In this case we were asked for a model to describe the events that happen as the contact is closed.
But if we want to describe the events at switch closure, we have a problem: How do we reconcile
the different descriptions in the two regimes?
The key to understanding the dynamics of an energetic system is to keep track of energy. In this
linear system, energy is numerically equal to co-energy. Before contact:
*
1
Ep before = 2 C(e12 + e22)before
(4.120)
After contact:
*
1
⎛ e1 + e 2 ⎞ 2
Ep after = 2 C(e12 + e22)after = C⎜ 2
⎟before
⎝
⎠
(4.121)
Therefore:
*
*
⎛ e1 e2 ⎞ 2
Ep before - Ep after = C⎜ 2 - 2 ⎟ ≥ 0
⎝
⎠
(4.122) Energy is lost during switch closure. To model this phenomenon we must include at least one
dissipative element1, however small.
The point to be taken here is that by considering causality we uncover an aspect of the model
which we may want to modify. It is important to stress that &quot;causal conflicts&quot; are not errors.
They simply spell out consequences of modelling assumptions which may otherwise be obscure.
Think of them as waving a banner which reads &quot;Are you sure you really meant your model to
have this property?&quot;
Junction Structure
Suppose we decide to include a dissipator. The simplest model we can assemble will include
two capacitors and an ideal dissipator. How should they be connected? Any current that leaves
one capacitor flows through the dissipator and enters the other capacitor; this indicates a onejunction and suggests the bond graph shown in figure 4.33. Assigning causality we see that both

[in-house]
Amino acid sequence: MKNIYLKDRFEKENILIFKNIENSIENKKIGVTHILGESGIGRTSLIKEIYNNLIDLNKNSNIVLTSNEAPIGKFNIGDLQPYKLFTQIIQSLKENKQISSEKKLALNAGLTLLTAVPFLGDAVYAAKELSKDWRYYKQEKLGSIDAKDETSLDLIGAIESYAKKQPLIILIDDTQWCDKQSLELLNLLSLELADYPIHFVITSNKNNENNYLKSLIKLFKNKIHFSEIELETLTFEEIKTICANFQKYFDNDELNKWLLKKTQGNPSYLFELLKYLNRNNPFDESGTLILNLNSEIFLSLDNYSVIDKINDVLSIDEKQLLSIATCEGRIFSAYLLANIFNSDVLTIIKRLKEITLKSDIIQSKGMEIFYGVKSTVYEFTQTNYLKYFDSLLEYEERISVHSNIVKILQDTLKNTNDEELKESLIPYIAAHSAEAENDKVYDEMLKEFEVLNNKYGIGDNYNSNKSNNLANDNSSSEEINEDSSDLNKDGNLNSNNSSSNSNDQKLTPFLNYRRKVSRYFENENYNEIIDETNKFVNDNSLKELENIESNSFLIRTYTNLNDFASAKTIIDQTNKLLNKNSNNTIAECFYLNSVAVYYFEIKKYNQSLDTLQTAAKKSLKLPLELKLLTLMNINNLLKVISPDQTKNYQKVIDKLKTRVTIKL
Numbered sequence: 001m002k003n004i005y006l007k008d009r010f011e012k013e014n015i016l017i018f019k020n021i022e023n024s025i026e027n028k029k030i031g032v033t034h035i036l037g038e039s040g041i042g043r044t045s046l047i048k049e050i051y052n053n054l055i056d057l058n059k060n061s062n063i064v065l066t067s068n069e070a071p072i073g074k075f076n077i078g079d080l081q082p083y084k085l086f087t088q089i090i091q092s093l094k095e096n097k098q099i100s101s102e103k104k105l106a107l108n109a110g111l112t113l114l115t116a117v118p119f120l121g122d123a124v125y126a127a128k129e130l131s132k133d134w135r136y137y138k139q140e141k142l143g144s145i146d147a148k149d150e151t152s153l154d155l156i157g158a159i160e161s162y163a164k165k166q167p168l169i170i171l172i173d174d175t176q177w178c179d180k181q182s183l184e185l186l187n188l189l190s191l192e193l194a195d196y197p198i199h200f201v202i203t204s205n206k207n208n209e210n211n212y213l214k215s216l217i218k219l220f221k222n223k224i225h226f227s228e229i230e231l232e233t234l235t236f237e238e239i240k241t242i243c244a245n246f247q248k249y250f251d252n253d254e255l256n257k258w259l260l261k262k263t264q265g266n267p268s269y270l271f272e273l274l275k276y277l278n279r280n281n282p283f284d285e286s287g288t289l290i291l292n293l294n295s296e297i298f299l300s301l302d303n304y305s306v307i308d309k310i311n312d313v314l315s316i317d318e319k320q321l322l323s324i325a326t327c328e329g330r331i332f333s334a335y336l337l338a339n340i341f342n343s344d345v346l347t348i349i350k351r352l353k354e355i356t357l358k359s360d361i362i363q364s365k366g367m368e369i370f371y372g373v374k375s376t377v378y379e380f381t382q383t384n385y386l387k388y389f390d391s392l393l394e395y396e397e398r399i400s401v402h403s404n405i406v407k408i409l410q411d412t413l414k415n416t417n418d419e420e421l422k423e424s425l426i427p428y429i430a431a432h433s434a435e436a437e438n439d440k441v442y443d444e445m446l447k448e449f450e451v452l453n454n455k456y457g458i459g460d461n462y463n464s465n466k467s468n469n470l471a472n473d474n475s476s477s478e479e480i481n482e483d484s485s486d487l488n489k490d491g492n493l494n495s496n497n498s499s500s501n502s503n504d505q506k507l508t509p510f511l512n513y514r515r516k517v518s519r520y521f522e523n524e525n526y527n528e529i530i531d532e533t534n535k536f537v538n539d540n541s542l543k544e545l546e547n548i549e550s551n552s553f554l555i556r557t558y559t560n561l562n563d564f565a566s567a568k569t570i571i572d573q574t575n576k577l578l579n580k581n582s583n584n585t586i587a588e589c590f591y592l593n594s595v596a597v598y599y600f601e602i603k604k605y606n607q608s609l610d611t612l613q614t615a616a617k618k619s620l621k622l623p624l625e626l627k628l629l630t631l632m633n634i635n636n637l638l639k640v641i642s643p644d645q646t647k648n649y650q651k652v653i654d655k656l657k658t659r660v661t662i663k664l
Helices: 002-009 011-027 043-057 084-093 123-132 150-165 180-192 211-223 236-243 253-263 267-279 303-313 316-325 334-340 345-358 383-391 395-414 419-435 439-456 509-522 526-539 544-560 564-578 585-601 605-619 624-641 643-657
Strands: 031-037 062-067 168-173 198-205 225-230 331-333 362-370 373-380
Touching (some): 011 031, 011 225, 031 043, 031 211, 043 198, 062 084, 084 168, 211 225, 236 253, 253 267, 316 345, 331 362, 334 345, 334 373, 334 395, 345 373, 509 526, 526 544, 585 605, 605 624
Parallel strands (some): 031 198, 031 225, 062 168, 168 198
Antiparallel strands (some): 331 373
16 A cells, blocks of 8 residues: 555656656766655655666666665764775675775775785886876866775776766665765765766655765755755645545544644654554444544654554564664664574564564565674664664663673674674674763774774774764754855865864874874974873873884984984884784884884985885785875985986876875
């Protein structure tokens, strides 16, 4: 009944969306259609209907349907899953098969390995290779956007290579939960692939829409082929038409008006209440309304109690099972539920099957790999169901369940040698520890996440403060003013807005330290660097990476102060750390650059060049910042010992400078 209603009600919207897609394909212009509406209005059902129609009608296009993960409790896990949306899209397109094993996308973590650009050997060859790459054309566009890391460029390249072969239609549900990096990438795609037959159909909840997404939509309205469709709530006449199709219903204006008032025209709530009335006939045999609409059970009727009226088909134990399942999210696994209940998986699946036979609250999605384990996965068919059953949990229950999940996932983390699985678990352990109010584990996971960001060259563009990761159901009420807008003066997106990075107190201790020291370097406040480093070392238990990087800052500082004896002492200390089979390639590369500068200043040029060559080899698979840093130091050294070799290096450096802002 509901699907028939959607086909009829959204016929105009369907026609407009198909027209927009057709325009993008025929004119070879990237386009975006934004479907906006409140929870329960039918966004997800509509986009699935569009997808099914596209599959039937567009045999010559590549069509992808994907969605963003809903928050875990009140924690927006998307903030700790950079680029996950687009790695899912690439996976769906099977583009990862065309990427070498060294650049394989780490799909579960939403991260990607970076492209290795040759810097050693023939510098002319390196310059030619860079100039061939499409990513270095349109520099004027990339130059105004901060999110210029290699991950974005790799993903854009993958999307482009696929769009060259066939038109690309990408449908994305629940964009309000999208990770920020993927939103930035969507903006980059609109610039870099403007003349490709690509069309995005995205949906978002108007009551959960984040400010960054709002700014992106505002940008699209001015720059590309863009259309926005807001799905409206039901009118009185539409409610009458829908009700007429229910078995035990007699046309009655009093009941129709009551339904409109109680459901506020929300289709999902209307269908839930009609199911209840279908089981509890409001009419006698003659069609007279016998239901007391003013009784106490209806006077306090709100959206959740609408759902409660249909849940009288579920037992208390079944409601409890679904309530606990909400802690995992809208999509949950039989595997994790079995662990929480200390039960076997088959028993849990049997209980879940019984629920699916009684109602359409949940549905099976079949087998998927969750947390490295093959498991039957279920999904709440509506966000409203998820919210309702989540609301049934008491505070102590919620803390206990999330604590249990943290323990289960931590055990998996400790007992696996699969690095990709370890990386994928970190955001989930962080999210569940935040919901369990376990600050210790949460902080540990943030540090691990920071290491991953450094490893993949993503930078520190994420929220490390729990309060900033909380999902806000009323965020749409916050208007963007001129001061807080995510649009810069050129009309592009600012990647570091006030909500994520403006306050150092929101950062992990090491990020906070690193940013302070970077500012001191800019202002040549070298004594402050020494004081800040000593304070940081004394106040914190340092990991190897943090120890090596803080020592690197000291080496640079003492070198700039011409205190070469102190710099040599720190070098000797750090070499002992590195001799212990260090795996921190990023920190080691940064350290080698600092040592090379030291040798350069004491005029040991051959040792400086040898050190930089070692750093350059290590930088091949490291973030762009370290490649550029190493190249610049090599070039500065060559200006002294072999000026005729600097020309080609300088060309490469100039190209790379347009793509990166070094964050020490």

1 In practice, the dissipative phenomenon encountered on switch closure is dominated by an arc
which &quot;jumps the gap&quot; before metal-to-metal contact is made rather than by the resistance of the
metallic components.
Integrated Modeling of Physical System Dynamics
&copy; Neville Hogan 1994
page 4
capacitors may be given integral causality and the dissipator has conductance causality; it
determines the current as a function of the voltages on the two capacitors.
C
1
C
R
Figure 4.33:
Model of the two capacitors including dissipation.
But this graph has a serious flaw. We expect the dissipator to determine current as a function of
the potential difference across its terminals. Yet the compatibility equation (Kirchhoff's voltage
law) associated with the junction in figure 4.33 would be written as follows (using obvious
subscripts and reading the signs and the required causal form from the graph):
eR = -(e1 + e2)
(4.123)
Thus the equation for the common current would depend on the negative sum of the capacitor